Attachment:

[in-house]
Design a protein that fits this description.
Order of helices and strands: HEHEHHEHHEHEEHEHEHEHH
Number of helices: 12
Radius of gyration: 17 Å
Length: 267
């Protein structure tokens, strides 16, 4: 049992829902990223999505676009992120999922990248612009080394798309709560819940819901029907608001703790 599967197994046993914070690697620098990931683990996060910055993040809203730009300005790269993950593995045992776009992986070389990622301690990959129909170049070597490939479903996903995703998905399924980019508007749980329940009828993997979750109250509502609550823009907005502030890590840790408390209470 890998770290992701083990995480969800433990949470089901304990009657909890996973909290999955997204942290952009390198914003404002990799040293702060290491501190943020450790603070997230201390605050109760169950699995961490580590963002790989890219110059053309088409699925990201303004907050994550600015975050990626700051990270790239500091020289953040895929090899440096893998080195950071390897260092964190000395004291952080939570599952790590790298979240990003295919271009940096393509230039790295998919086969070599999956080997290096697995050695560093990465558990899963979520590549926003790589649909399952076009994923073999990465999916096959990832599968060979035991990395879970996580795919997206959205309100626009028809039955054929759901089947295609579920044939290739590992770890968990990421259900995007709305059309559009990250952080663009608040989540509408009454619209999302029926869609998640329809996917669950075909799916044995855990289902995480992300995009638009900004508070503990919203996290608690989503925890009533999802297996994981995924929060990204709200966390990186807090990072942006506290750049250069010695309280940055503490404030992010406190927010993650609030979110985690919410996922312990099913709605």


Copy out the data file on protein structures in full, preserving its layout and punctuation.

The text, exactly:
[in-house]
Design a protein that fits this description.
Order of helices and strands: HEHEHHEHHEHEEHEHEHEHH
Number of helices: 12
Radius of gyration: 17 Å
Length: 267
């Protein structure tokens, strides 16, 4: 049992829902990223999505676009992120999922990248612009080394798309709560819940819901029907608001703790 599967197994046993914070690697620098990931683990996060910055993040809203730009300005790269993950593995045992776009992986070389990622301690990959129909170049070597490939479903996903995703998905399924980019508007749980329940009828993997979750109250509502609550823009907005502030890590840790408390209470 890998770290992701083990995480969800433990949470089901304990009657909890996973909290999955997204942290952009390198914003404002990799040293702060290491501190943020450790603070997230201390605050109760169950699995961490580590963002790989890219110059053309088409699925990201303004907050994550600015975050990626700051990270790239500091020289953040895929090899440096893998080195950071390897260092964190000395004291952080939570599952790590790298979240990003295919271009940096393509230039790295998919086969070599999956080997290096697995050695560093990465558990899963979520590549926003790589649909399952076009994923073999990465999916096959990832599968060979035991990395879970996580795919997206959205309100626009028809039955054929759901089947295609579920044939290739590992770890968990990421259900995007709305059309559009990250952080663009608040989540509408009454619209999302029926869609998640329809996917669950075909799916044995855990289902995480992300995009638009900004508070503990919203996290608690989503925890009533999802297996994981995924929060990204709200966390990186807090990072942006506290750049250069010695309280940055503490404030992010406190927010993650609030979110985690919410996922312990099913709605």